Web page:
Genomic biomarkers for chronic kidney disease
ABSTRACT Chronic kidney disease (CKD) remains a major challenge in nephrology and for public health care, affecting 14% to 15% of the adult US population and consuming significant health care resources. In the next 20 years, the number of patients with end stage renal disease is projected to increase by 50%. Ideal biomarkers that allow early identification of CKD patients at high risk of progression are urgently needed for early and targeted treatment to improve patient care. Recent success of integrating molecular approaches for personalized management of neoplastic diseases, including diagnosis, staging, prognosis, treatment selection, and monitoring, has strongly encouraged kidney researchers to pursue molecular definitions of patients with kidney disease. Challenges for molecular marker identification in CKD are a high degree of cellular heterogeneity of the kidney and the paucity of human tissue availability for molecular studies. Despite these limitations, potential molecular biomarker candidates have been uncovered at multiple levels along the genome--phenome continuum. Here we will review the identification and validation of potential genomic biomarker candidates of CKD and CKD progression in clinical studies. The challenges in predicting CKD progression, as well as the promises and opportunities resulting from a molecular definition of CKD will be discussed.
SourceAvailable from: Vasiliki Rahimzadeh[Show abstract] [Hide abstract]
ABSTRACT: Since first sequencing the human genome in 2003, emerging genetic/genomic technologies have ushered in a revolutionary era of medicine that purports to bridge molecular biology and clinical care. The field of translational medicine is charged with mediating this revolution. Sequencing innovations are far outpacing guidelines intended to ease their practice-based applications, including in primary care. As a result, genomic medicine¿s full integration in primary care settings especially, has been slow to materialize. Researchers and clinicians alike face substantial challenges in navigating contentious ethical issues raised in translation and implementation, namely preserving the spirit of whole-person approaches to care; maintaining respect for persons and communities; and translating genetic risk into clinical actionability. This commentary therefore explores practical barriers to, and ethical implications of, incorporating genomic technologies in the primary care sector. These ethical challenges are both philosophical and infrastructural. From a primary care perspective, the commentary further reviews the ethical, legal and social implications of the Center for Disease Control¿s proposed model for assessing the validity and utility of genomic testing and family health history applications. Lastly, the authors provide recommendations for future translational initiatives that aim to maximize the capacities of genomic medicine, without compromising primary care philosophies and foundations of practice.Journal of Translational Medicine 08/2014; 12(1):238. DOI:10.1186/s12967-014-0238-6 · 3.99 Impact Factor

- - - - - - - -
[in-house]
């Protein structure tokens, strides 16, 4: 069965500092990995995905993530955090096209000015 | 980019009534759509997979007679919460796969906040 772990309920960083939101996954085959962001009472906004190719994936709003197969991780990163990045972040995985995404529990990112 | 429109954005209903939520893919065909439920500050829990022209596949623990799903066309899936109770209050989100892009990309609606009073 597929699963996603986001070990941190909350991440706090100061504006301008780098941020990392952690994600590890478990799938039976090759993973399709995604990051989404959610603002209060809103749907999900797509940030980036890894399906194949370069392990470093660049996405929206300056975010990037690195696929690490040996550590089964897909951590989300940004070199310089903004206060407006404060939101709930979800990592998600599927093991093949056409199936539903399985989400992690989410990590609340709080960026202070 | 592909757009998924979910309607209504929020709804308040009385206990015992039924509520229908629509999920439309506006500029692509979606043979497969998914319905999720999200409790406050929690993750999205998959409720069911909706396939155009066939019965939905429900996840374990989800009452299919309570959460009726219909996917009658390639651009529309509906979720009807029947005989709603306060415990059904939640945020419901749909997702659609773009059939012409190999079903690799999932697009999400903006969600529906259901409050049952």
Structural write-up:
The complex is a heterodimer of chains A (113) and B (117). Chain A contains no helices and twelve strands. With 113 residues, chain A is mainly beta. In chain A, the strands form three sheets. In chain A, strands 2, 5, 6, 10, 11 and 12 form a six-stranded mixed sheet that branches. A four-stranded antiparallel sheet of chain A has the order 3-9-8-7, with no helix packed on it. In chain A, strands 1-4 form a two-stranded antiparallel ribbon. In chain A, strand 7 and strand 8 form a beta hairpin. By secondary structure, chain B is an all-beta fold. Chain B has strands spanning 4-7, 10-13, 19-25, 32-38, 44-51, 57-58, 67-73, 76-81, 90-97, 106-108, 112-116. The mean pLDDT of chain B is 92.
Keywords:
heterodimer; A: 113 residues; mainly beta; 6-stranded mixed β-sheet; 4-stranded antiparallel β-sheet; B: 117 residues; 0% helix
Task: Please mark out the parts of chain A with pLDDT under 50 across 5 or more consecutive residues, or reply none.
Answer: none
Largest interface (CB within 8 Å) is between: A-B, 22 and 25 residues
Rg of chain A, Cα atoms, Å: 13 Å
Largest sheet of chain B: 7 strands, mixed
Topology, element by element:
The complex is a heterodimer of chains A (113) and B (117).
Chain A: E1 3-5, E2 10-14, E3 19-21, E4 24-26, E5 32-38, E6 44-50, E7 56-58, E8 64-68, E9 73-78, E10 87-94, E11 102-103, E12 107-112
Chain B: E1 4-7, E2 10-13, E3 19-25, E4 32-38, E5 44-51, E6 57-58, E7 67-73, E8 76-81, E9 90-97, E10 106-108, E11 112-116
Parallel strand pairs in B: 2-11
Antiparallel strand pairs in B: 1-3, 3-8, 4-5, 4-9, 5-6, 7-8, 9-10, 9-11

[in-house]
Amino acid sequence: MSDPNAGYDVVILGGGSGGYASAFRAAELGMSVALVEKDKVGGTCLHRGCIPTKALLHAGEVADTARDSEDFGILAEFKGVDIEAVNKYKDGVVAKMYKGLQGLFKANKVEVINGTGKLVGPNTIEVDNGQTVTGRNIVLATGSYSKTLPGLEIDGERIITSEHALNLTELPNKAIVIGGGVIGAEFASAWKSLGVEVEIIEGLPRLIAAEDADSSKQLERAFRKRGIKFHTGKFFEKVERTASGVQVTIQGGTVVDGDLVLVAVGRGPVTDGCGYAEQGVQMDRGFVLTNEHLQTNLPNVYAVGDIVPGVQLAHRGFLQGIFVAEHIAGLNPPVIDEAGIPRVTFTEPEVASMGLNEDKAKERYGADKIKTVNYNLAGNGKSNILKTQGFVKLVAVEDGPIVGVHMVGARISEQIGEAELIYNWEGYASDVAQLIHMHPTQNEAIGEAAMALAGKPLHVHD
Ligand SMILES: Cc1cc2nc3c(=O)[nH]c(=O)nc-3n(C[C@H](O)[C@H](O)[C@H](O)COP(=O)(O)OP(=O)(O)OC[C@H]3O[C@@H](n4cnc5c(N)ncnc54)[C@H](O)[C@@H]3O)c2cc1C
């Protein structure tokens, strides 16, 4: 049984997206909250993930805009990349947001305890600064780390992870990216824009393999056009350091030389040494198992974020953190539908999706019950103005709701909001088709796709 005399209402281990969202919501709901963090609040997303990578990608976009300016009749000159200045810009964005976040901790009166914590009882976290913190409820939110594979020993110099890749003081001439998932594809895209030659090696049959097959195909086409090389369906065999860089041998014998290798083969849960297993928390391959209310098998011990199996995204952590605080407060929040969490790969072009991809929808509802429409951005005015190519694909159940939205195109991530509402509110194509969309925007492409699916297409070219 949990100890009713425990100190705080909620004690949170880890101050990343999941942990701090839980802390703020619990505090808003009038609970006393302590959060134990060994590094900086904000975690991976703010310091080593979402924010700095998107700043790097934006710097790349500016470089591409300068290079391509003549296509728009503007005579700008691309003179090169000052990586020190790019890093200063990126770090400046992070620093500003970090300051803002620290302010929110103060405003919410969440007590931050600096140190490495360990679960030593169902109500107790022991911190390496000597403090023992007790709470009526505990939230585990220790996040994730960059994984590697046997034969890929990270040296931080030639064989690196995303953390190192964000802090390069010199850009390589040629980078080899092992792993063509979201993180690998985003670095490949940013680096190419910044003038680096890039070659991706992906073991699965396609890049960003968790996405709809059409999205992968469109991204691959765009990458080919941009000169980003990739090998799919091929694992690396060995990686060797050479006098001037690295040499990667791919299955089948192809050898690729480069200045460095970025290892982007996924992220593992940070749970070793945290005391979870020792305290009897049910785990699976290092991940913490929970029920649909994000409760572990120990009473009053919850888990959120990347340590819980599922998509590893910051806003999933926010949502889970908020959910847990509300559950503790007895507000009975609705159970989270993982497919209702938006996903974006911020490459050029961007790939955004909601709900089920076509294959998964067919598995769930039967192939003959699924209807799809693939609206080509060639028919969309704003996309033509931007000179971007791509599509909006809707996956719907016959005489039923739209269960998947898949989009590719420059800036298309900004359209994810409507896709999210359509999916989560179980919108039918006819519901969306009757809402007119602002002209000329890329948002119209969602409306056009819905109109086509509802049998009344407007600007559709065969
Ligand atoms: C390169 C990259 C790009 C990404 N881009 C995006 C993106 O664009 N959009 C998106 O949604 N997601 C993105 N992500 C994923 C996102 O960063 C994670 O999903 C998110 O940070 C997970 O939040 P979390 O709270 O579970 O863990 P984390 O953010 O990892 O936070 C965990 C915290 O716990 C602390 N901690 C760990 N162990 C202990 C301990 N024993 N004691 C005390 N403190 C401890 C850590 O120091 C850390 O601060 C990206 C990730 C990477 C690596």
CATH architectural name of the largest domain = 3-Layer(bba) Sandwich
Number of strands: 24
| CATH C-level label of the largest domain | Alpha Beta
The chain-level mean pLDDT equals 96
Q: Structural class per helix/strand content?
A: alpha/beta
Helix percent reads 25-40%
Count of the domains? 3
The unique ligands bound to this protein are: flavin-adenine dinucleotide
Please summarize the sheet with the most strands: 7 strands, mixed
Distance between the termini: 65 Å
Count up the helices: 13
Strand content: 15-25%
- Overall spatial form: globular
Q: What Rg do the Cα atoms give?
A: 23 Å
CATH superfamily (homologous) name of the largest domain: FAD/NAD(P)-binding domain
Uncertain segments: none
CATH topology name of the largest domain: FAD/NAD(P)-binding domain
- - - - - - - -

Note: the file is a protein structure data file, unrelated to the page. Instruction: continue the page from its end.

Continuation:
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ABSTRACT: Here we report a metabolomics discovery study conducted on blood serum samples of patients in different stages of chronic kidney disease (CKD). Metabolites were monitored on a quality controlled holistic platform combining reversed-phase liquid chromatography coupled to high-resolution quadrupole time-of-flight mass spectrometry in both negative and positive ionization mode and gas chromatography coupled to quadrupole mass spectrometry. A substantial portion of the serum metabolome was thereby covered. Eighty-five metabolites were shown to evolve with CKD progression of which 43 metabolites were a confirmation of earlier reported uremic retention solutes and/or uremic toxins. Thirty-one unique metabolites were revealed which were increasing significantly throughout CKD progression, by a factor surpassing the level observed for creatinine, the currently used biomarker for kidney function. Additionally, 11 unique metabolites showed a decreasing trend.Metabolomics 06/2013; 10(3). DOI:10.1007/s11306-013-0592-z · 3.97 Impact Factor
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ABSTRACT: Although kidney transplantation has been an important means for the treatment of patients with end stage of renal disease, the long-term survival rate of the renal allograft remains a challenge. The cause of late renal allograft loss, once known as chronic allograft nephropathy, has been renamed "interstitial fibrosis and tubular atrophy" (IF/TA) to reflect the histologic pattern seen on biopsy. The mechanisms leading to IF/TA in the transplanted kidney include inflammation, activation of renal fibroblasts, and deposition of extracellular matrix proteins. Identifying the mediators and factors that trigger IF/TA may be useful in early diagnosis and development of novel therapeutic strategies for improving long-term renal allograft survival and patient outcomes. In this review, we highlight the recent advances in our understanding of IF/TA from three aspects: pathogenesis, diagnosis, and treatment.Fibrogenesis & Tissue Repair 10/2014; 7:15. DOI:10.1186/1755-1536-7-15